News & Politics

Word-Watch: Orwell Reborn

I announce the rebirth of this column as a vehicle for exploring the political language of our day, an effort to "simplify," as Orwell did; to expose "stupid remarks" in all of their obvious "stupidity."
I know you think we are in the year 2005 but we're not. We are living in the year 1984. And this is the word (and the world) according to Orwell.

Witness the thought-police out in full force, cloaked in "patriotism." Any criticism of our government's policies is popularly labeled "anti-American."

Notice the proliferation of false, child-like dichotomies such as "either you're with us or against us" and "we're-good, they're evil," international law, the Geneva Conventions and Abu Ghraib aside.

In his essay on "Politics and the English Language," George Orwell offers this penetrating insight:
"One ought to recognize that the present political chaos is connected with the decay of language, and that one can probably bring about some improvement by starting at the verbal end. If you simplify your English, you are freed from the worst follies of orthodoxy. You cannot speak any of the necessary dialects, and when you make a stupid remark, its stupidity will be obvious, even to yourself.
"Political language - and with variations this is true of all political parties, from Conservatives to Anarchists - is designed to make lies sound truthful and murder respectable, and to give an appearance of solidity to pure wind."
It is with that preface that I announce the rebirth of this column as a vehicle for exploring the political language of our day, an effort to "simplify," as Orwell did; to expose "stupid remarks" in all of their obvious "stupidity." The assumption I'm operating on is the same that Orwell implicitly offered; namely that it is dangerous and wrong-headed to "make lies sound truthful and murder respectable, and to give an appearance of solidity to pure wind."

I'm also with Orwell in his view that these things cannot be changed all at once but, "if one jeers loudly enough" it is possible to "send some worn-out and useless phrase" – such as war on terrorism, junk science, death tax, reverse racism, collateral damage, few bad apples "or other lump of verbal refuse - into the dustbin where it belongs."

The opinions expressed may not always be correct, but the process and effort will serve a good purpose insofar as it exercises the reader in the discipline of intellectual jujitsu.

Let's begin with perhaps the most vague word used in politics today – freedom.

Freedom: "the condition of being free; the power to act or speak or think without externally imposed restraints; immunity from an obligation or duty."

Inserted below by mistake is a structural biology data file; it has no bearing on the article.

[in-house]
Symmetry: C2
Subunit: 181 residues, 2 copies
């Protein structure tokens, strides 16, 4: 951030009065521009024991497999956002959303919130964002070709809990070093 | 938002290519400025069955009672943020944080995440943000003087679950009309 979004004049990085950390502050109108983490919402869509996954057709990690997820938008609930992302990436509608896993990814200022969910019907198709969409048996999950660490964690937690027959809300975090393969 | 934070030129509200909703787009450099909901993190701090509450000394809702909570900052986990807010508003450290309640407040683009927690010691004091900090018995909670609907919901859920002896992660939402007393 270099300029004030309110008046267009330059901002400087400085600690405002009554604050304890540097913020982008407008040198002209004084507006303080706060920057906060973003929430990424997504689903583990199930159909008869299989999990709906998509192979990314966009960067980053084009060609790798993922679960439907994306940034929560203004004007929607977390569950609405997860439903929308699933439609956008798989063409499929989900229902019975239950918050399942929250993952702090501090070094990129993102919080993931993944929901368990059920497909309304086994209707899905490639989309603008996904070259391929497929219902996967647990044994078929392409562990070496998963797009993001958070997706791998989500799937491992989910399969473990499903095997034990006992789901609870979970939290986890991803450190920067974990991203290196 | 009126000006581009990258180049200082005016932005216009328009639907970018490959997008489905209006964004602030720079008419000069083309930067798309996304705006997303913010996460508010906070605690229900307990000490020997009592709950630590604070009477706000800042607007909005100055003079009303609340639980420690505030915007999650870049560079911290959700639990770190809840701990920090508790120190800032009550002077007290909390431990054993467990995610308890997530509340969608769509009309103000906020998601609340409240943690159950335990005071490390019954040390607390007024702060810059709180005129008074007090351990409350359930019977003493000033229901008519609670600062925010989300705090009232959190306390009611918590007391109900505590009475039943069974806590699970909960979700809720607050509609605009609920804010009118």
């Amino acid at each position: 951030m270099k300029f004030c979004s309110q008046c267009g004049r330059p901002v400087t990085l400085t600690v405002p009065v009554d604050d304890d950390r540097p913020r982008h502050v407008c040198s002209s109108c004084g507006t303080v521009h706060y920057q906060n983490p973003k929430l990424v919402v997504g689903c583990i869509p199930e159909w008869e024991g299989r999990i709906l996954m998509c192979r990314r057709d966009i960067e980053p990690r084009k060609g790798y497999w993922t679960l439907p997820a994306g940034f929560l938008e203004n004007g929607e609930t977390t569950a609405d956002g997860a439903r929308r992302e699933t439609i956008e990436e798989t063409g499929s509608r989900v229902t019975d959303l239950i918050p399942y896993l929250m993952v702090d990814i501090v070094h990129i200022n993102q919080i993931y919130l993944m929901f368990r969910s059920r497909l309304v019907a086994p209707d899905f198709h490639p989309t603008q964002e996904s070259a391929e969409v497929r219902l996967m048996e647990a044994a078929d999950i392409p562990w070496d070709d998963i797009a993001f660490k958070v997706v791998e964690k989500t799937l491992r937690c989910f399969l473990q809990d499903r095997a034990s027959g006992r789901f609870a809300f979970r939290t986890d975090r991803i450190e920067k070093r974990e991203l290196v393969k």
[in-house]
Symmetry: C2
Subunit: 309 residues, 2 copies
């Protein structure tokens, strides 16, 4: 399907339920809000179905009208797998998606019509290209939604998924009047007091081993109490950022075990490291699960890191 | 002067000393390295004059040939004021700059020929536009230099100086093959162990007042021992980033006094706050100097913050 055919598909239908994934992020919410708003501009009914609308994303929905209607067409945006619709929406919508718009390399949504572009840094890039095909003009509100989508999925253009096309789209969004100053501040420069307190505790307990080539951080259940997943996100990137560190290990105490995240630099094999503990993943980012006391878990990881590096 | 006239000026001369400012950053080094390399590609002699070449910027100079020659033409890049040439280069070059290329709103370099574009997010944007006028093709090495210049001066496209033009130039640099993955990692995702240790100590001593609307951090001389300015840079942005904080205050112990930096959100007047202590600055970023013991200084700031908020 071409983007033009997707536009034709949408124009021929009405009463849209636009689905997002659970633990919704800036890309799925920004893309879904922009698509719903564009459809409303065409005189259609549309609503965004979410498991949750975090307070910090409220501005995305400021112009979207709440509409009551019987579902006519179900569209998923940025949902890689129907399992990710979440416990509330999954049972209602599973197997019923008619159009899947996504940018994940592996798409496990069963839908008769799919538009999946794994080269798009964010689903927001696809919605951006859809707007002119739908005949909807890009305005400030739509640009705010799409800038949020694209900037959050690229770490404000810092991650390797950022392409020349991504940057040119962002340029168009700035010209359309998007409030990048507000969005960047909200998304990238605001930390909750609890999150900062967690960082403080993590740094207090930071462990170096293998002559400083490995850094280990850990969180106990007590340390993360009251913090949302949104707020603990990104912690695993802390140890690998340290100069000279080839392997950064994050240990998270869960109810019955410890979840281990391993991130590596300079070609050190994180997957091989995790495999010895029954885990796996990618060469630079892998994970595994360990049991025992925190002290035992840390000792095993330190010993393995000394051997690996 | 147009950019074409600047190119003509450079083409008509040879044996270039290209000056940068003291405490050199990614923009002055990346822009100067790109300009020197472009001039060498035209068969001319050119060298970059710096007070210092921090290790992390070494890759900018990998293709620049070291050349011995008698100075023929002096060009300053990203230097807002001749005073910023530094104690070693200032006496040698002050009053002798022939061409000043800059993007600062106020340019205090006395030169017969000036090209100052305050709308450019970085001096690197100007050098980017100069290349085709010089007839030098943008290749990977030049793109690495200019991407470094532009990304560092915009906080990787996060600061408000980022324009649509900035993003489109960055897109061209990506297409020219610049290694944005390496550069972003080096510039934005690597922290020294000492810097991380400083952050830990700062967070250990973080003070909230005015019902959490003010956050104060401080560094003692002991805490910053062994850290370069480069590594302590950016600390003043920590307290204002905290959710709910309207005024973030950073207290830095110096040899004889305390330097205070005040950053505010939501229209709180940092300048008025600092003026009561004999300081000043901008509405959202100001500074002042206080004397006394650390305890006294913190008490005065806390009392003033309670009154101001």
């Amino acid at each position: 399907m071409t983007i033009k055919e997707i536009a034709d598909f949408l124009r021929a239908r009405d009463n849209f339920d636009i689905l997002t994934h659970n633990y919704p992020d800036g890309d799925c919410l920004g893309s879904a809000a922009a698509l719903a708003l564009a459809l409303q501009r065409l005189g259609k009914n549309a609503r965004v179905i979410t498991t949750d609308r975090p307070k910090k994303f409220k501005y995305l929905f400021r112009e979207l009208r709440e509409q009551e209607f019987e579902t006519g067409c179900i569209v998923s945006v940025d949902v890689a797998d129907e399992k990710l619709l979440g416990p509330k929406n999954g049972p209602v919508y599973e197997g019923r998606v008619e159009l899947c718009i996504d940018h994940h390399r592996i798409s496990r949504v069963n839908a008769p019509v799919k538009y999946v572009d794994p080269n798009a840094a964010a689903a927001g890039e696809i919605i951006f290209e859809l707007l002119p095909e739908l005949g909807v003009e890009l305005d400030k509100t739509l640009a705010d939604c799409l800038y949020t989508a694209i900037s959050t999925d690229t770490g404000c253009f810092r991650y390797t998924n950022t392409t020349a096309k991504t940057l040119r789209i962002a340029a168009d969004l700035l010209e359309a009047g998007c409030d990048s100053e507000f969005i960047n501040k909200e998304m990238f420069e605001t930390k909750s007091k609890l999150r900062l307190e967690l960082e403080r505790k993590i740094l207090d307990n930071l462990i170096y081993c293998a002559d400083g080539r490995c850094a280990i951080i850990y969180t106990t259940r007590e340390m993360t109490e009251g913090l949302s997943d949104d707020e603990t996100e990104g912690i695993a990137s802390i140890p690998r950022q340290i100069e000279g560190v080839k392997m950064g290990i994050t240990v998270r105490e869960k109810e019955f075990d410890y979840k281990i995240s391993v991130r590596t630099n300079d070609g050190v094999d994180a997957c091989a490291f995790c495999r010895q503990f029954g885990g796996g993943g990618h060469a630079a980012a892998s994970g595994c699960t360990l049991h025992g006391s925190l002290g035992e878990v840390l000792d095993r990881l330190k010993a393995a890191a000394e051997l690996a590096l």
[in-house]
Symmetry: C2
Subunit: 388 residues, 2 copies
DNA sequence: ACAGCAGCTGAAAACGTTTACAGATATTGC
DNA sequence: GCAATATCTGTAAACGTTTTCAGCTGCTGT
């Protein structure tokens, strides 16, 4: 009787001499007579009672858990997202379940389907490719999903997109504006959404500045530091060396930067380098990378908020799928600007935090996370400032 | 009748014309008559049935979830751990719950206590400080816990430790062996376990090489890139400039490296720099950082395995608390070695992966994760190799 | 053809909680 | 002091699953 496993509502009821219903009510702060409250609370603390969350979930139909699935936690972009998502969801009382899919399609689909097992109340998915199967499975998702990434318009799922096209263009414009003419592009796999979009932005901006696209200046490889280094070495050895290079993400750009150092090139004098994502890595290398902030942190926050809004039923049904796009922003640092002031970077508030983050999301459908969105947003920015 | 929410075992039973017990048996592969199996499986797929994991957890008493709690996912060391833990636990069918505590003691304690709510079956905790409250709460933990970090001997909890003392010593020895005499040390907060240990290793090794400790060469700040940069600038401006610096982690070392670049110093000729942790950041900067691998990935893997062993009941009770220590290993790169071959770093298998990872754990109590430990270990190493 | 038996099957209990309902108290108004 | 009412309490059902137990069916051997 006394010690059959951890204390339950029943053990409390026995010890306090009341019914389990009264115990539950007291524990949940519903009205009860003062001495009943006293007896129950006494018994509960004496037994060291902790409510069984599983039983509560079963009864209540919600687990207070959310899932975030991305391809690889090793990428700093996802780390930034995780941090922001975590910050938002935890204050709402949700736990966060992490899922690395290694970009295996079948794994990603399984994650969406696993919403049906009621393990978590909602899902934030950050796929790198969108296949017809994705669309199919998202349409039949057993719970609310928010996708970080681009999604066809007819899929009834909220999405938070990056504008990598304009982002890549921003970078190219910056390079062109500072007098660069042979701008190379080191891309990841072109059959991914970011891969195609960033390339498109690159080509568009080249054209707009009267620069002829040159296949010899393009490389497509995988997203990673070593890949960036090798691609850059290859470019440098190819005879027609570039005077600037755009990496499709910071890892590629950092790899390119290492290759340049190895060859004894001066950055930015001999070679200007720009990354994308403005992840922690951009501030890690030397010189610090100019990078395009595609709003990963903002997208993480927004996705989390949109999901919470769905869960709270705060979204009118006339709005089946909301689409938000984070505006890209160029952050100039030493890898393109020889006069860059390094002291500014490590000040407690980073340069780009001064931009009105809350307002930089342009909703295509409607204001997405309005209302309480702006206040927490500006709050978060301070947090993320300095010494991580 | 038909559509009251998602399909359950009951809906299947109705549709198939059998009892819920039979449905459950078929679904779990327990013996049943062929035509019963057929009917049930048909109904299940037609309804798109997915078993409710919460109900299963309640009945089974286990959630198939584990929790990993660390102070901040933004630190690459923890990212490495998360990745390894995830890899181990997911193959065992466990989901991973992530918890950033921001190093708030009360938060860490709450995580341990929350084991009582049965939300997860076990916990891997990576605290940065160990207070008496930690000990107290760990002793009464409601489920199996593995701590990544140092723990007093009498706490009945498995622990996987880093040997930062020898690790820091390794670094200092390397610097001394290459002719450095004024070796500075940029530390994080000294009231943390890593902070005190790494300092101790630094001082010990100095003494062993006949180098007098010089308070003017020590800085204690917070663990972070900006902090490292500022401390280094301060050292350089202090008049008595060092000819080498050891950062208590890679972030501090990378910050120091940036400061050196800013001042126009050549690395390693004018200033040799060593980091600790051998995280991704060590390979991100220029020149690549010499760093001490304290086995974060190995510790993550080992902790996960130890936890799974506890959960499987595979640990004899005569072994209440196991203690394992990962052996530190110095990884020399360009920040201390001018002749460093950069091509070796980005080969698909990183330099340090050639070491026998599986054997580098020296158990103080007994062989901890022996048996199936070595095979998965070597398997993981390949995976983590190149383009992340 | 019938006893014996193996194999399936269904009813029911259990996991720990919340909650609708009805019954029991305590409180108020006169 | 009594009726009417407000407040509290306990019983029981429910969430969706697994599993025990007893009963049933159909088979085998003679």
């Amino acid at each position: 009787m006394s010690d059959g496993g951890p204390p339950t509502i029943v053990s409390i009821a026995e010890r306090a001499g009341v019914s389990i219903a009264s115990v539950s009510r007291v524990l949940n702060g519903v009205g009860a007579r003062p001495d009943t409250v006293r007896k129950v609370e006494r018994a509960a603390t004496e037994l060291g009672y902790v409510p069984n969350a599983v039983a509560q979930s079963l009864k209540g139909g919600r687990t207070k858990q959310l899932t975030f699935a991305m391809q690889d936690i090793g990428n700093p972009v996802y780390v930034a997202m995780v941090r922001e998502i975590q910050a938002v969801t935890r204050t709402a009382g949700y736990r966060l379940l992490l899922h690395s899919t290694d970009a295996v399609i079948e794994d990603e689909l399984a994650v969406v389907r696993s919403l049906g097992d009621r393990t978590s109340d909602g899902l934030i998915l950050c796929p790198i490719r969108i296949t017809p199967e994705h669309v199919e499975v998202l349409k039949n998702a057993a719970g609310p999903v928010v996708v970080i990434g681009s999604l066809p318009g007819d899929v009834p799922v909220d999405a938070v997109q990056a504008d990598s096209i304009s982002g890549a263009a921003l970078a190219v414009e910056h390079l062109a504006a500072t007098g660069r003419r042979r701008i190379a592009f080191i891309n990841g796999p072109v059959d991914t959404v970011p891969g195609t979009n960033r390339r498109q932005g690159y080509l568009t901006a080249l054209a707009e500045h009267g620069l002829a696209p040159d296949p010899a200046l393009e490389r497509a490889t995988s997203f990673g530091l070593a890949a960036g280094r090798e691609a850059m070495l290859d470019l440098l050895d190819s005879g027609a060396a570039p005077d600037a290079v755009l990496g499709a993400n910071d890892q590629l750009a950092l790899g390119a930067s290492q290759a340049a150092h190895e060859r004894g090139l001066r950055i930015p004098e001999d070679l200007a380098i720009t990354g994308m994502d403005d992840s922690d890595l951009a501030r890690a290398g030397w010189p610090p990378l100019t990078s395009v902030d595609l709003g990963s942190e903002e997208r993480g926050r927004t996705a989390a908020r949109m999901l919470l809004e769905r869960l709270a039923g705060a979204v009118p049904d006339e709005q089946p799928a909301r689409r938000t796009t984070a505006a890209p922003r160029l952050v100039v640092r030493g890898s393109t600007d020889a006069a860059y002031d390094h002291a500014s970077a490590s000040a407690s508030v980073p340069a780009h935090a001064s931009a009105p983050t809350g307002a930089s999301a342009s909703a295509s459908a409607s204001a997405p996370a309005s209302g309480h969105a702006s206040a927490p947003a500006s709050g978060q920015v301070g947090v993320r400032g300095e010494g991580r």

Freedom: "that which has its centre in itself; exists in and with itself; self-contained existence; I am free ... when my existence depends upon myself."

Freedom: "The subjective experience of having a rich and realistic set of alternative actions that one may undertake."

Whenever someone starts talking about freedom I always ask: freedom for whom and freedom to do what?

But, clearly, if we are going to have a fruitful discussion about freedom, we need to get on the same page and start asking some hard questions like: Can a person or society be called free if the individual or collection of individuals does not have the "subjective experience of having a rich and realistic set of alternative actions that may be undertaken?"

If you think freedom boils down to self-reliance, as the second definition suggests (and as I imagine many conservatives would concur), what about the insights of the world's great religious leaders and scientists who say all existence is interdependent; that, as Martin Luther King said, we are caught up an intricate web of mutuality?

If you think freedom is essentially "immunity from an obligation or duty," the next logical question is: what obligations and duties are you and I immune from? Voting? Taxes? Am I my brother's keeper?

The answer to that biblical question, the great faiths agree, is an unequivocal yes. So does that mean Bible-believers ought to reject the idea that freedom is about immunity from obligations or duties?

The most illuminating definition of freedom I've heard is: "freedom is not a license to do whatever you want. It's the opportunity to become who you are." Or as the old Greek adage has it: "become what thou art."
Sean Gonsalves is a Cape Cod Times staff reporter and a syndicated columnist.
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